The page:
Thursday 14 December 2017

AIB union not yet told job loss target at bad loans wing

Bank’s bad debt division has 1,600 staff assigned to it
Bank’s bad debt division has 1,600 staff assigned to it
Colm Kelpie

Colm Kelpie

Allied Irish Banks (AIB) has not yet told union chiefs how many redundancies it is targeting at its bad loans division.

The State-owned lender is offering a voluntary redundancy scheme at its Financial Solutions Group (FSG), which was established to restructure the bad debts of customers.

Bank management briefed representatives of the Irish Bank Officials Association (IBOA) late last week on the plans for the division, which has about 1,600 staff assigned to it. An IBOA spokesman said management claimed the FSG division "does have a future".

"We can interpret that to mean that FSG isn't going to be closed down any time soon, but they are maybe trying to taper it down," the spokesman said.

"We don't have any clear indication as to what the timespan might be, what the eventual number in the back of their heads they might have.

"They may not be too clear at this point. It is almost the case that they are anticipating that this is likely to happen in some stage in the future, and to put it out there at the moment to see what level of interest is there."

AIB said the FSG division had not been in a position to take part in the redundancy scheme already established within the bank for other divisions given its importance. "FSG has however made very significant progress in the past 12 months in addressing this priority as is evidenced by the significant decrease of the arrears profile of AIB and material reduction in non-performing loans as reported by the bank," a spokeswoman said.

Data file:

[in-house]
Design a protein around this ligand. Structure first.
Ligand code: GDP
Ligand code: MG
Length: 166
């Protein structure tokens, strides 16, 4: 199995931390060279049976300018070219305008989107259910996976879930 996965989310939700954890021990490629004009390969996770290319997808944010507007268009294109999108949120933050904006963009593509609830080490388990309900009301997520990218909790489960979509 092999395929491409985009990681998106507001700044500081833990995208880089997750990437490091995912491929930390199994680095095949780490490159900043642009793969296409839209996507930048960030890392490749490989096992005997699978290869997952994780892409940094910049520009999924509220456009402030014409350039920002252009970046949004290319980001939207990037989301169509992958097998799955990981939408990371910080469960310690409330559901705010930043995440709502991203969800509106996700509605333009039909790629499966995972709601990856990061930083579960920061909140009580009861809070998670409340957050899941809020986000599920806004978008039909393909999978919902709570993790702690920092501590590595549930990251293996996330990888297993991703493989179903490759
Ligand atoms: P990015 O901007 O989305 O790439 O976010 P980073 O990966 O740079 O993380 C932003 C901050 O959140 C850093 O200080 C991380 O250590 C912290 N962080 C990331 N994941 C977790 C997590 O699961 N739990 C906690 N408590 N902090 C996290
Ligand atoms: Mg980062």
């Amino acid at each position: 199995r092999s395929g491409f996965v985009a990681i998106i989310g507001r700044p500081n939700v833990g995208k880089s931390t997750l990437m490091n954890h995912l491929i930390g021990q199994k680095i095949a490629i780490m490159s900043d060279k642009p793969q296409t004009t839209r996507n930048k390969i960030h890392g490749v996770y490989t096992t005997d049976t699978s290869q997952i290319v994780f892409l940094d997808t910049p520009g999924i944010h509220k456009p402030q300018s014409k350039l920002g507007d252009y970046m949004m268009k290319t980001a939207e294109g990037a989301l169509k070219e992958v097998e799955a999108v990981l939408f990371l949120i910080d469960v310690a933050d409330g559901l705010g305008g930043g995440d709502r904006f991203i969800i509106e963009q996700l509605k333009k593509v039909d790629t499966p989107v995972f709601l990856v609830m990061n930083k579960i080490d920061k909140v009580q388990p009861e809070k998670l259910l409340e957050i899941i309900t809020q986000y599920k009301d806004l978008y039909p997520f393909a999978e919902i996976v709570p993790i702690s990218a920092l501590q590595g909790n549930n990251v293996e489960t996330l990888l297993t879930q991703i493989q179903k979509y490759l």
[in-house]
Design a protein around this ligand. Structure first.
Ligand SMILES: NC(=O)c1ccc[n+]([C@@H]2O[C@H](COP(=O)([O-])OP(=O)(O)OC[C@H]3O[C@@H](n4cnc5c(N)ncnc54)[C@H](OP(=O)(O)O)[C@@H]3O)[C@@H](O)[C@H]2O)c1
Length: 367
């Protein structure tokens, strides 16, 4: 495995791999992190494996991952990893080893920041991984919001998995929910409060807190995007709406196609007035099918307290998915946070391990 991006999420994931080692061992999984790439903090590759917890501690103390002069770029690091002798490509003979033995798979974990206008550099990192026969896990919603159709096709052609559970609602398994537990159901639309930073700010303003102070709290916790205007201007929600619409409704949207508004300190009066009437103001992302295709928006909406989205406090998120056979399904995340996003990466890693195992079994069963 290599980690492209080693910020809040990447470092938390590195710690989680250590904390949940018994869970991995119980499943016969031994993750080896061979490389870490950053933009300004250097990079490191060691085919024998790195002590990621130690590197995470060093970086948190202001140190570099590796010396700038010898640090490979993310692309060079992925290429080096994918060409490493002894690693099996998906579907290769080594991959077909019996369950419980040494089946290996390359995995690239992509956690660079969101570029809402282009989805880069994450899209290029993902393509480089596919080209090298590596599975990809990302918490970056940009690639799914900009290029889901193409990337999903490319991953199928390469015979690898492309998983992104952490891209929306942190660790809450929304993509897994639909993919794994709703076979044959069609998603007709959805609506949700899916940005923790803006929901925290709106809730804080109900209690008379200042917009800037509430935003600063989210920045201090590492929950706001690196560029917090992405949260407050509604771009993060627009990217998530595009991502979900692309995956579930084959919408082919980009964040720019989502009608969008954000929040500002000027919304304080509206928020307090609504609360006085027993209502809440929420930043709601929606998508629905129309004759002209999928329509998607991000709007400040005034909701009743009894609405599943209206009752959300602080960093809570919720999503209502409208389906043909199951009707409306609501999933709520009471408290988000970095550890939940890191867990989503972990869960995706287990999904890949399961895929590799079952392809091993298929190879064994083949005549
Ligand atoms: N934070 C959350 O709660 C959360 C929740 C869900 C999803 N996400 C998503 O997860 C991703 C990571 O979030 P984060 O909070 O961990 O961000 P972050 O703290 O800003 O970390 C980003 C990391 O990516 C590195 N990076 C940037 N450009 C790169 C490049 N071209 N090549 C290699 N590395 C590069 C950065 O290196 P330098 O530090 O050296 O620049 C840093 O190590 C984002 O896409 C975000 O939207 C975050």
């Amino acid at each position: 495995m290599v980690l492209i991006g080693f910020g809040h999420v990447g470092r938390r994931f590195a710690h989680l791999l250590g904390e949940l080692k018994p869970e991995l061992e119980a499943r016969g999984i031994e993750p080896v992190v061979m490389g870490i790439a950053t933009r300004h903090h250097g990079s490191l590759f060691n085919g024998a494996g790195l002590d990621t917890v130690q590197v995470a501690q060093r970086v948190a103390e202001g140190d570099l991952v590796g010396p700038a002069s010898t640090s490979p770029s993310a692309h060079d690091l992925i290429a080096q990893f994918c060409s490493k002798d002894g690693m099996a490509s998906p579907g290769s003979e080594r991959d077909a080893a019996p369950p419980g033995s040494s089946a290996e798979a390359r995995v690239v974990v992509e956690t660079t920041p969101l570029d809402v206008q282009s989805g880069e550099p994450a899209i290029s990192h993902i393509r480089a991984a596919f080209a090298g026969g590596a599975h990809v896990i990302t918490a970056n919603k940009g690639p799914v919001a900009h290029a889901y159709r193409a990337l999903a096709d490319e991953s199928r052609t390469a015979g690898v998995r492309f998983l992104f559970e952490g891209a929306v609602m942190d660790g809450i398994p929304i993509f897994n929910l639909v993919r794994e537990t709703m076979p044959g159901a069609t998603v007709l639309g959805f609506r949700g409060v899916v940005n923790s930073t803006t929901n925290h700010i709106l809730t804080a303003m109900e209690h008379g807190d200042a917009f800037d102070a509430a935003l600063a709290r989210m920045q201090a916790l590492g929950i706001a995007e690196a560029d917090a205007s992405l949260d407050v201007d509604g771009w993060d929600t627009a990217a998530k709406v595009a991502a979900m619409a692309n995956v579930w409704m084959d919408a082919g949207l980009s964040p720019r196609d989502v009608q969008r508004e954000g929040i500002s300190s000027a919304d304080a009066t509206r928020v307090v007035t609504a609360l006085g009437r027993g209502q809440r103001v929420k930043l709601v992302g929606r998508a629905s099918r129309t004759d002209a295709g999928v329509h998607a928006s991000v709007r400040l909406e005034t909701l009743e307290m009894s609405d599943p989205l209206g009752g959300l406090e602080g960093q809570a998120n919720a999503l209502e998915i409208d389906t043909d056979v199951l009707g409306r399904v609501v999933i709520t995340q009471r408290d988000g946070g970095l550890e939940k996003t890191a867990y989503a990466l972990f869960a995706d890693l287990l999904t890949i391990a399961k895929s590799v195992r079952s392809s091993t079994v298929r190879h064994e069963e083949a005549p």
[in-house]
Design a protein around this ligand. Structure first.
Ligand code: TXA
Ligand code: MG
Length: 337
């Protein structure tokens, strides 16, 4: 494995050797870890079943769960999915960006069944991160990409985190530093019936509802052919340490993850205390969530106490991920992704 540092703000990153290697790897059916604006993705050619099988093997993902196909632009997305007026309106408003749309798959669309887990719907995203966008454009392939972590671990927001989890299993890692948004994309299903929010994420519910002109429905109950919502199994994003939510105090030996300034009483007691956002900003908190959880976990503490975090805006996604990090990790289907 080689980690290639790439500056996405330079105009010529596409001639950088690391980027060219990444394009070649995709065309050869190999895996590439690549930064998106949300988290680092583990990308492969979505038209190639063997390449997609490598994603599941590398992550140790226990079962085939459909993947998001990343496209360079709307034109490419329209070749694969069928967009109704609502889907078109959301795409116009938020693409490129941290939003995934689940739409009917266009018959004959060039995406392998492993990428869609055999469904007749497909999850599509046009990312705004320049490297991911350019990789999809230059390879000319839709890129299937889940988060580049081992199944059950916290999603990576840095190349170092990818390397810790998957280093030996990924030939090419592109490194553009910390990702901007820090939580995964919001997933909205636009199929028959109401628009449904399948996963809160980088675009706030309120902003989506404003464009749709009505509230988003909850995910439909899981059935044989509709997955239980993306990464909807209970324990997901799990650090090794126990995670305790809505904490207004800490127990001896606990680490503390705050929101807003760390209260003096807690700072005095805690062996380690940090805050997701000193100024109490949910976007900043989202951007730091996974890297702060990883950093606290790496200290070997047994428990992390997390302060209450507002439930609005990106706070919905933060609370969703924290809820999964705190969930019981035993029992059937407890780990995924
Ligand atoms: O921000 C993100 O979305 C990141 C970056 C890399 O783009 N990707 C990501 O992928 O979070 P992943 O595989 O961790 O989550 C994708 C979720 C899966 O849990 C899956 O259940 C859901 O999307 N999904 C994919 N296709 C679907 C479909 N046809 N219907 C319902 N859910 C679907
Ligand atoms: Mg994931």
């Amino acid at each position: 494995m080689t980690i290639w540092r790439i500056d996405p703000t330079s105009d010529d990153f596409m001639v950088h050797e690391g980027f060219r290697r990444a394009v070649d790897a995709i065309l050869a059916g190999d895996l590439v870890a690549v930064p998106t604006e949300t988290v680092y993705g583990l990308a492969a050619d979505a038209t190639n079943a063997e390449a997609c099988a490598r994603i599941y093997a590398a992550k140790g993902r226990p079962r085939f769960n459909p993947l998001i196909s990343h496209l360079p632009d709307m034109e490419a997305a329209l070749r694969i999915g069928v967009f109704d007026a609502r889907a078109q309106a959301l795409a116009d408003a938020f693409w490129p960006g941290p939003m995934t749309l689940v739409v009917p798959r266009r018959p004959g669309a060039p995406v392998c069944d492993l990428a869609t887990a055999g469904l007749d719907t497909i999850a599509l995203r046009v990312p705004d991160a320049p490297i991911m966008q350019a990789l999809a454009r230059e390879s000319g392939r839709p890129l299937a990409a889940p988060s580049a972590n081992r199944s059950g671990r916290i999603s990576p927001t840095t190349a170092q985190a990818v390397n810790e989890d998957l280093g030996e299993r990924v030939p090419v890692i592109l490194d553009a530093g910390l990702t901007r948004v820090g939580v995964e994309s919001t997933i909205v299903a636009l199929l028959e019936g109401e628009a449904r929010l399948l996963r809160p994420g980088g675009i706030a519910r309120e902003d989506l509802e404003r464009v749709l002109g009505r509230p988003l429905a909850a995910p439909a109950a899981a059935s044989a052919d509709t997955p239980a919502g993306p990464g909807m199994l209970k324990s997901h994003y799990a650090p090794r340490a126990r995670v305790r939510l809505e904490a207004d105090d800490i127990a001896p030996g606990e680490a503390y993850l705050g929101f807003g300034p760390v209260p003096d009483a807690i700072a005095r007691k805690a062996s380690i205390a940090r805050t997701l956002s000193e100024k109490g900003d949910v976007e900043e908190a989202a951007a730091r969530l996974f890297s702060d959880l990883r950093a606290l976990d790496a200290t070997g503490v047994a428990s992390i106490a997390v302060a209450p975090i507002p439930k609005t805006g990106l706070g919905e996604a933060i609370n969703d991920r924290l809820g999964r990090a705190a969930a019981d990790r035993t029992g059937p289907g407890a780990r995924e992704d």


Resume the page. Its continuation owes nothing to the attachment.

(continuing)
"This has allowed FSG to offer voluntary severance on the same terms as been offered to other areas of AIB to date."

Since June 2012, 3,220 staff at the bailed-out bank have left, including through early retirement and voluntary redundancy.

The IBOA has also been demanding pay rises for members after the bank returned to profit.

Management has said it will wait until capital has been returned to the State, probably later this year, before boosting wages.

In March, AIB announced a pre-tax profit of €1.1bn, its first full year profit since 2008. This compares with a loss of €1.7bn in 2013.

The bank announced €13.2bn in lending approvals for 2014, a 37pc increase on 2013 while impaired loans decreased by 23pc since December 2013.

The number of accounts in arrears in the Irish owner occupier mortgage portfolio declined by 22pc.

AIB will hold its annual general meeting this morning.

Irish Independent

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